Fête galante at a Fountain by Jean-Baptiste Pater, P406
In the years around 1710 the great Antoine Watteau invented what was to become a new genre of painting that soon became very successful in France and internationally. A Fête galante depicts outdoor gatherings, mainly of young city-dwellers. Its main elements are conversation, music and – often through the presence of costumed actors – theatre. Flirting is important but the term “galant” originally indicated a socially adept, polite and witty individual who would make a group of people at ease and entertain them. This vision of outdoor sociability is a modernisation and adaptation of the pastoral, the traditional rendering of ideal country life. The Wallace Collection owns seven major examples of Watteau’s Fêtes galantes, all painted in the decade between c.1710 and his death in 1721.Watteau almost immediately became one of the most successful European artists of his generation but very untypically he never set up a proper studio or trained pupils. Jean-Baptiste Pater (1695-1736) was the only exception. Both artists were born in Valenciennes, originally a Flemish town and today close to Belgium. Pater worked with Watteau twice: once at an unknown moment early in his career, then again for a couple of weeks immediately before the older artist’s death in 1721.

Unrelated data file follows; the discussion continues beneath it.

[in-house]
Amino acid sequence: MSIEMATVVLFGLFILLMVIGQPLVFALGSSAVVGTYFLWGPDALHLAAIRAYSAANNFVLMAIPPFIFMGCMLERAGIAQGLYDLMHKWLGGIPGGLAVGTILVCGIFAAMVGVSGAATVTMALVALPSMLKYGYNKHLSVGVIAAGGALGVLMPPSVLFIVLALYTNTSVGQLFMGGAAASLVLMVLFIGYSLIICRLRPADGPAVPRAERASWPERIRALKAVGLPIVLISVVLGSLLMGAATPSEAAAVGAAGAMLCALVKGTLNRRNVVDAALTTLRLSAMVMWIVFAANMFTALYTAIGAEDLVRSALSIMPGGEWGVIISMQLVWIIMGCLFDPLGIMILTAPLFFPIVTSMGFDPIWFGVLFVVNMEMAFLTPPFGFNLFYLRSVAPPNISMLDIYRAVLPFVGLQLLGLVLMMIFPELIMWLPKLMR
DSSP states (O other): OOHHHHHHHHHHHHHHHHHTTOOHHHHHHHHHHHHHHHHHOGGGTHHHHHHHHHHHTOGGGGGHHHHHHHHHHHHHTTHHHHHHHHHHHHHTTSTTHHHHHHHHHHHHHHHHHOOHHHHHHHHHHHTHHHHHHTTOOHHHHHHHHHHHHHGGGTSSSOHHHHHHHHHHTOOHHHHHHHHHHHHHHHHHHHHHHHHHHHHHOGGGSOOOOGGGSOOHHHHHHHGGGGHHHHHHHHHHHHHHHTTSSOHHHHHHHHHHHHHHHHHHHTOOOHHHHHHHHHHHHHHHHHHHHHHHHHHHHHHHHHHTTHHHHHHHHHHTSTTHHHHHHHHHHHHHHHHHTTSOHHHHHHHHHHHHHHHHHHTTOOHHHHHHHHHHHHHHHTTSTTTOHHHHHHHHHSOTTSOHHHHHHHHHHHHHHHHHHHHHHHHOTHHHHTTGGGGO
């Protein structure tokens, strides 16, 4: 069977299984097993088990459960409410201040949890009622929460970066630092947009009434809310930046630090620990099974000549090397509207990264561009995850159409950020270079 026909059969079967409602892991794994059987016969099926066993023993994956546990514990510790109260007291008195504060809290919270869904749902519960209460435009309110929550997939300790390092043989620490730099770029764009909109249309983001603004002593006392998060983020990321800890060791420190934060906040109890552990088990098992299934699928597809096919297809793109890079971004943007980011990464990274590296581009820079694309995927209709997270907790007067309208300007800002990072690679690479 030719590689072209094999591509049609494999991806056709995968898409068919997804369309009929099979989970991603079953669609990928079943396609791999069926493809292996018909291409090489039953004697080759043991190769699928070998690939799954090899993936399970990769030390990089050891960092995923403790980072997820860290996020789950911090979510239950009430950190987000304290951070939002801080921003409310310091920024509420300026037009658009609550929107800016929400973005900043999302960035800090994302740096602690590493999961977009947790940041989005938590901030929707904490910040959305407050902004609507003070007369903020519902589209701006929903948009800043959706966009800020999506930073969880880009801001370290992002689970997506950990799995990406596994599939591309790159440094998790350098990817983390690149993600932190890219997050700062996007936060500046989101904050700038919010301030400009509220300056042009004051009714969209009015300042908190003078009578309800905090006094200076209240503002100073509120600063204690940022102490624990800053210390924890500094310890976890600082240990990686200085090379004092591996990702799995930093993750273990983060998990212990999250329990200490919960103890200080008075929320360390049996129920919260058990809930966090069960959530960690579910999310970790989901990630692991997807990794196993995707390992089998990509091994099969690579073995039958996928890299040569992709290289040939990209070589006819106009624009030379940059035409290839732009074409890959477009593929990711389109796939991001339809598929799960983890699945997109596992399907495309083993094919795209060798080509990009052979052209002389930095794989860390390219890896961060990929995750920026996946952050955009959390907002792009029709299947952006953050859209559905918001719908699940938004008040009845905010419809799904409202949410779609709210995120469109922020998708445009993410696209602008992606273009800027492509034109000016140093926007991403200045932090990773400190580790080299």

He became the closest follower of Watteau, but also one of the first to change and expand the template of the new genre, e. g. by introducing figures of bathers. When Watteau died, there was an enormous demand for the Fête galante that was by then harder to satisfy, and Pater was one of the artists who seized the opportunity.
The Wallace Collection owns one of his numerous copies after Watteau, but far more interesting are his independent works in the new genre. In his Fête galante at a Fountain Pater followed Watteau’s work closely (such as the Rendez-vous de chasse at the Wallace Collection) but introduced more obvious narrative elements such as the different stages of courting and the reactions to the dog in the centre. On stylistic grounds, the painting can be dated to shortly after Watteau’s death, probably to c.1725. Pater still used a stronger and darker palette at the time which brightened up considerably in his later works of the 1730s. The painting is one of the relatively rare pictures that can be dated to Pater’s early career with confidence.
Friday 3 January at 1pm with Christoph Vogtherr and Thursday 23 January at 1pm with Lucy Davis.
John Ingamells: The Wallace Collection Catalogue of Pictures III. French before 1815, London 1989, p. 294-295.
Christoph Martin Vogtherr: Watteau at the Wallace Collection, London 2011, p. 130-133.